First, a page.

Claim 16 and Claim 18 were the focus of the Appeal and stated, respectively:
16. An additional information embedding method, for adding additional information to digital content to determine whether said digital content has been processed, comprising the steps of:
generating multiple sets of additional information that are correlated with each other and that correspond to the data form of predetermined digital content; and
synthesizing said additional information and content data for said digital content; and
wherein the additional information are correlated with each other by a mapping relationship defined by a predetermined function, said predetermined function dependent on a data string, the data string forming a predetermined message.
18. An additional content detection method, for detecting additional information added to a digital content in order to determine whether said digital content has been processed, comprising the steps of:
detecting, from content data for digital content, multiple sets of additional information that are correlated with each other, but that in robustness differ from each other;
evaluating relationships dependent on a data string, the data string forming a predetermined message, existing between said multiple sets of additional information; and
determining, based on said detected additional information and the evaluation of said relationships, whether said content data has been processed, and determining the type of processing performed when said content data has been processed.
In explaining their Bilski analysis, the BPAI said that the method steps of claims 16 and 18 can reasonably be interpreted to encompass a human being performing these steps. Thus, the claims fail the "particular machine requirement."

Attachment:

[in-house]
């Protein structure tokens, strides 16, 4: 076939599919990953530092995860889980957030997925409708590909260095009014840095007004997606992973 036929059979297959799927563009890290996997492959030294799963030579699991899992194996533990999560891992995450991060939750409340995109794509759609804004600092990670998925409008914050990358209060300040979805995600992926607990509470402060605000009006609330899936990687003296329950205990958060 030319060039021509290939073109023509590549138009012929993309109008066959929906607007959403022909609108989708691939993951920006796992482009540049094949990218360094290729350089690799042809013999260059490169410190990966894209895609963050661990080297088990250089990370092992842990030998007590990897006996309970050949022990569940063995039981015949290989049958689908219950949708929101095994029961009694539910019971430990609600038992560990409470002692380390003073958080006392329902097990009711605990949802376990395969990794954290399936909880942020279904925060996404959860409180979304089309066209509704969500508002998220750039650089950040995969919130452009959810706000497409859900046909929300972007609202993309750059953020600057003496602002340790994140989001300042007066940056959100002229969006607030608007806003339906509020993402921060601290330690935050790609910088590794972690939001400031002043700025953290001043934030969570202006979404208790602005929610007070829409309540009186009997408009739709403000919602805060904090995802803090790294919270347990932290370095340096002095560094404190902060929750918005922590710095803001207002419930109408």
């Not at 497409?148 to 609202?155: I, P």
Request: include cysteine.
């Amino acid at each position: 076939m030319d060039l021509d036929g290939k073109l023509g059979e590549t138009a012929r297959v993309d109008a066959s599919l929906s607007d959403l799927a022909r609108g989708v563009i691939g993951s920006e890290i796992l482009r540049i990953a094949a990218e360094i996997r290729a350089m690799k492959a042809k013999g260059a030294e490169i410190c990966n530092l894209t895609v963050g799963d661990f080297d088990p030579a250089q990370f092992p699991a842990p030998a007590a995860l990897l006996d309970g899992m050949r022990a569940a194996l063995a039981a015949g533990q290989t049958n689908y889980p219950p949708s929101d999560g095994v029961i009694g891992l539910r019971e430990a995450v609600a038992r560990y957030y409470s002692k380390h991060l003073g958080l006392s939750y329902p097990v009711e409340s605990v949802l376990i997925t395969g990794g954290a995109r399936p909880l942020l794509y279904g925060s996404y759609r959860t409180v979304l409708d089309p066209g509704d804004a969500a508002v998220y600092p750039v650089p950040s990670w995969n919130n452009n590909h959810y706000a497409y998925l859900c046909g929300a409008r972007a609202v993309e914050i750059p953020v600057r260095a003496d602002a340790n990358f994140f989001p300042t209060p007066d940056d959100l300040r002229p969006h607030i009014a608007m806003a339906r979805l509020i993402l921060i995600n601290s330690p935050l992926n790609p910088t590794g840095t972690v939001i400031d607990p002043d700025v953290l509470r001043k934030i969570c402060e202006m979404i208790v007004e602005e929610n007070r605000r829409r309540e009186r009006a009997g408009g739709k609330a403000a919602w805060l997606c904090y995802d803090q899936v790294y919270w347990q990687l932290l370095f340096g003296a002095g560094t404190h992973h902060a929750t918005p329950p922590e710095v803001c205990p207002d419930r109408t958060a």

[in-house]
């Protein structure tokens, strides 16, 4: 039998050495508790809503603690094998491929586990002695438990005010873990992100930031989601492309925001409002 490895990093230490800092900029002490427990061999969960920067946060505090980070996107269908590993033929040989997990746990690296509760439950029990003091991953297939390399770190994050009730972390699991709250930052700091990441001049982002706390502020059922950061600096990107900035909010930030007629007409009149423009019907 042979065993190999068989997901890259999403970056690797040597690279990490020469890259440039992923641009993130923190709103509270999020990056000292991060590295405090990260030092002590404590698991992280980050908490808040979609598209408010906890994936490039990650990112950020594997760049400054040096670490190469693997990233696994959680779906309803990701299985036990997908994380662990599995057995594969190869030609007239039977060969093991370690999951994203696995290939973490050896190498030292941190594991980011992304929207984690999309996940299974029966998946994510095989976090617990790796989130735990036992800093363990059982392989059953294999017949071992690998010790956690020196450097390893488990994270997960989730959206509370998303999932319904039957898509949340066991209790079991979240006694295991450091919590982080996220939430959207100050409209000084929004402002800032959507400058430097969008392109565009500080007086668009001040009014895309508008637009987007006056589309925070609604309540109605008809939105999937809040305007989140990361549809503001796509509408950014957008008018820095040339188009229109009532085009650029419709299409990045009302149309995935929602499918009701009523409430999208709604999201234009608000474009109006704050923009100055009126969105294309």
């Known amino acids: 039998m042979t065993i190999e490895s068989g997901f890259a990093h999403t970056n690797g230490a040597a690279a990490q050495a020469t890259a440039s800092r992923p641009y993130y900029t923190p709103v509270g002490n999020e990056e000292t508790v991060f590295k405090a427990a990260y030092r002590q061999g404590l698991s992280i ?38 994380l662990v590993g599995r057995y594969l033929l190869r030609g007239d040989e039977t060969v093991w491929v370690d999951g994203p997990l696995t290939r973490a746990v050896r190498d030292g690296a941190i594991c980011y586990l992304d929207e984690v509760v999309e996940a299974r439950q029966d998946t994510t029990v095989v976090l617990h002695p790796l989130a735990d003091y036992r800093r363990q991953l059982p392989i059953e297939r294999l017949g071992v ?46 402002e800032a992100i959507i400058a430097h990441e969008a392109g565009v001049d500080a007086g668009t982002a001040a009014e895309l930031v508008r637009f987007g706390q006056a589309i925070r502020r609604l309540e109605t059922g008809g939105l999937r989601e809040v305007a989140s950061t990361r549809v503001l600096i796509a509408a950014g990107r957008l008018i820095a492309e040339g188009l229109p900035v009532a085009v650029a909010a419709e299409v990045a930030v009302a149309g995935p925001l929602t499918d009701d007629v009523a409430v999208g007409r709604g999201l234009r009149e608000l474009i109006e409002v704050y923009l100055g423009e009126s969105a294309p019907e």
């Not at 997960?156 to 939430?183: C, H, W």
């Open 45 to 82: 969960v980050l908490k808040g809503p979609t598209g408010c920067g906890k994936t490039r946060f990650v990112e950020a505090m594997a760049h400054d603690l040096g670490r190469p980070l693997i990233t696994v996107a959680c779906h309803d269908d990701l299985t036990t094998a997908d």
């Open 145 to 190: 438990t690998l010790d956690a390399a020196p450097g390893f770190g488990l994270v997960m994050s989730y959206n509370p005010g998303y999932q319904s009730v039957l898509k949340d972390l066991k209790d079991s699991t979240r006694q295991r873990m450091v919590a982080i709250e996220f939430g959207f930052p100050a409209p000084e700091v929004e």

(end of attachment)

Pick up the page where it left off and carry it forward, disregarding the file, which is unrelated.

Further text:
The BPAI's discussion of the "transformation requirement" is more interesting. They said that:
[h]ere we do not have a transformation of subject matter but merely an abstract expression that is created from synthesizing two types of digital content. However, such synthesizing does not require any tangible output into the real world. These steps describe nothing more than the manipulation of basic mathematical constructs, the paradigmatic "abstract idea." See In re Warmerdam, 33 F.3d 1354, 1360 (Fed. Cir. 1994). As a whole, the claim involves no more than the manipulation of abstract ideas. See id.
The BPAI went on to say in other words that the claims were directed to merely looking at transforming one digital representation into another digital representation. As such, they are not within the scope of 101.
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